When people think of a criminal trial, they often envision 12 jurors, a judge, and opposing attorneys making impassioned arguments about truth and justice. While many trials play out this way, others move forward without one of these elements: a jury.
Even though the criminal justice system guarantees defendants the right to a trial by a jury, some opt to have their case decided by a judge instead. A bench trial — a case tried to a judge instead of a jury — is decidedly less dramatic and may be advantageous in certain circumstances. In 2016, for example, three Baltimore police officers arrested in the death of Freddie Gray opted for a bench trial rather than a jury trial. All three were acquitted.
As with all aspects of the justice system, the decision to have a trial by judge or jury is not an easy one. Some defendants may benefit from power in numbers, while others may be better off playing to an audience of one. Here’s a look at both types of trials and what worked for defendants in some of the country’s most notable cases.
The jury trial has long been considered the bedrock of the criminal justice system. The Sixth Amendment of the United States Constitution guarantees criminal defendants the right to a speedy and public trial by an impartial jury of their peers.
Most defendants who do not resolve their case through a plea bargain exercise this right. They would rather have 12 people (or six if it is a misdemeanor case in Texas) — instead of just one — view the evidence, determine witnesses’ credibility and decide their fate.
If one juror disagrees with the rest of the panel, a verdict can’t be returned. (Louisiana and Oregon are the exception, allowing non-unanimous verdicts.) Unanimous verdicts afford greater protection to the defendant and requires the prosecution to meet its burden of proof to the satisfaction of each and every juror.
Take the Cullen Davis, O.J. Simpson and Casey Anthony trials – all were acquitted by 12 jurors who had reasonable doubt of their guilt during hugely high profile cases of the time. Juries interpret reasonable doubt differently and, in these cases, the jurors held prosecutors to very high standards, which worked in the defendants’ favor even though facts of each case were vastly different.
Although the majority of defendants choose a jury trial, there are circumstances in which the accused wants to take his case before a judge. Common reasons include expense, time and technical or legal issues.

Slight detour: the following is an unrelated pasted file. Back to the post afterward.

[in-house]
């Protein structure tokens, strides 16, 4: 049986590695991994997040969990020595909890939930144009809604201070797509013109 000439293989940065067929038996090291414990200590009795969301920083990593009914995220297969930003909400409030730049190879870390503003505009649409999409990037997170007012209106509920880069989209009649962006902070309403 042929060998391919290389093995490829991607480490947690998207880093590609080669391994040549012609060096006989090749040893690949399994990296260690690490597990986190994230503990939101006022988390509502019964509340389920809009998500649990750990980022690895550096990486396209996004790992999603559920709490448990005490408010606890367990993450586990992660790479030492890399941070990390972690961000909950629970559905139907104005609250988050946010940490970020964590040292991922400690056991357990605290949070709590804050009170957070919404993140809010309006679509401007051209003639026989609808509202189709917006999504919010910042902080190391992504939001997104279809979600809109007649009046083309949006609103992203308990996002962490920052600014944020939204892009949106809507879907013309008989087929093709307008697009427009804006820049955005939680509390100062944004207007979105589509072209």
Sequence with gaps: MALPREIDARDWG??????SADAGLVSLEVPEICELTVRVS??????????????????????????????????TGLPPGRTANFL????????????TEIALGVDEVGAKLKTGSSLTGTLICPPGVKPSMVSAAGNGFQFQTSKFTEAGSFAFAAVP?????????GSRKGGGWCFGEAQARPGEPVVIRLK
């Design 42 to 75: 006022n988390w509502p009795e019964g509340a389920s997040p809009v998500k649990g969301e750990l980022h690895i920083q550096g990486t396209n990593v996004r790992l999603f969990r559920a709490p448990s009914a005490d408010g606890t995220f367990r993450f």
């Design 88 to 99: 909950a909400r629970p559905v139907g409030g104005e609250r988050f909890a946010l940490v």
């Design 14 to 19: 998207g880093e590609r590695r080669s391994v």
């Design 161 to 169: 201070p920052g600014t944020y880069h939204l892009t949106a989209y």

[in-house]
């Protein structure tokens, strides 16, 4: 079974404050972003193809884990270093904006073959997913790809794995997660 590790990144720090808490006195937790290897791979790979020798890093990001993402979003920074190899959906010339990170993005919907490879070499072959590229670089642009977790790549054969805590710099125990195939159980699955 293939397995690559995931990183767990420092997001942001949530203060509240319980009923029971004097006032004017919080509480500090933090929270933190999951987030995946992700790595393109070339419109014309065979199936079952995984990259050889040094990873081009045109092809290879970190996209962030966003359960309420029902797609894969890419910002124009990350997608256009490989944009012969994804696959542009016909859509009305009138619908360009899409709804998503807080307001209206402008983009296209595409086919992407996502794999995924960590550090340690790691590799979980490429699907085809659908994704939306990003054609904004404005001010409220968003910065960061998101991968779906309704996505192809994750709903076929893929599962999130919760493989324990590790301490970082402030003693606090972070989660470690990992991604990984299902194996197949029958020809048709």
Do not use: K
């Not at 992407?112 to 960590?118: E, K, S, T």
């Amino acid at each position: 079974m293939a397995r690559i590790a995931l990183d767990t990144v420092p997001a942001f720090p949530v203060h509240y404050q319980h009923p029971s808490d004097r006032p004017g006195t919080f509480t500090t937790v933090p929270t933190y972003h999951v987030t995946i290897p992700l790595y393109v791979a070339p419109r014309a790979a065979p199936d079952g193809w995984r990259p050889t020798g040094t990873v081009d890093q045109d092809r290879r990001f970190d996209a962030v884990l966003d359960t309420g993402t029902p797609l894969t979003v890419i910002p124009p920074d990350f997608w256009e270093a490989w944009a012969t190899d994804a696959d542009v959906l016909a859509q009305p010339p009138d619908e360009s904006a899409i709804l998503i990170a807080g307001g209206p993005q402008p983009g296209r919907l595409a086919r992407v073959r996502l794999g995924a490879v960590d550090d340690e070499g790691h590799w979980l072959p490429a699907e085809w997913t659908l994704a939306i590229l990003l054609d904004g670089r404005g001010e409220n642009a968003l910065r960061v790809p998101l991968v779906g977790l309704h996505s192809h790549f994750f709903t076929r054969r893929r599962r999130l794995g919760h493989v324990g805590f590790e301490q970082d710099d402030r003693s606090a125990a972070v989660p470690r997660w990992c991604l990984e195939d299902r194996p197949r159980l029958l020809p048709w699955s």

Because the judge is both the finder of fact and ruler on matters of law and procedure in this scenario, bench trials move quicker than jury trials and are often a faster path to resolution. Not only is there no jury selection, but judges have years of courtroom experience so there is no need for a lesson on toxicology, DNA, or ballistics, for example. Of course, the less time it takes, the less expensive it will be for a defendant paying for a private attorney.
A bench trial may also be a good option in cases with complex technical or legal issues that a jury may find difficult to understand. Judges are attorneys and have full understanding of the law and how to apply the rules and standard of proof.
Bench trials may also be an appropriate choice for defendants accused of heinous crimes or who have a shocking appearance or long criminal records. Jurors are sometimes swayed by sympathy, anger or emotion and may find it hard to make a decision based on evidence and rules. Judges are trained to put feelings aside and follow the letter of the law.
In the Freddie Gray case, six officers were charged in connection with the detainee’s death, triggering protests and riots in Baltimore over how police treat minorities. After a jury deadlocked on whether to convict in the first officer’s trial, the second officer opted to put his fate solely in the hands of Circuit Judge Barry G. Williams, who was a former police misconduct officer with the civil rights division of the U.S. Department of Justice. After the judge acquitted him due to insufficient evidence, the next two officers also elected to have bench trial and were acquitted as well. Prosecutors, in turn, dropped all charges in the remaining cases.
In a lengthy 38-page ruling on the last case, Judge Williams explained his reasons for the acquittal, including how the state failed to meet its burden.
A bench trial is not an option in every case. In Texas, for example, capital murder defendants facing the death penalty cannot choose a bench trial. It’s not even on the table. According to Article 1.13 of the Texas Code of Criminal Procedure, defendants charged with any other offense, however, have the right to waive a jury trial as long as the prosecution and judge agree. In other words, if the prosecutor doesn’t go along with it, the defendant must proceed with a jury trial.
In Maryland, where the Freddie Gray murder trials were held, the decision to have a judge decide the case was solely up to the defendants. Prosecutors in that state have no say in the decision, an issue that has stirred debate and have some lawmakers there calling for change.
Regardless of the rules of each state, the decision whether to have a trial by judge or jury is an important one. There is not a one-size-fits-all approach. About the only thing you can say for certain in any trial is that anything can happen.
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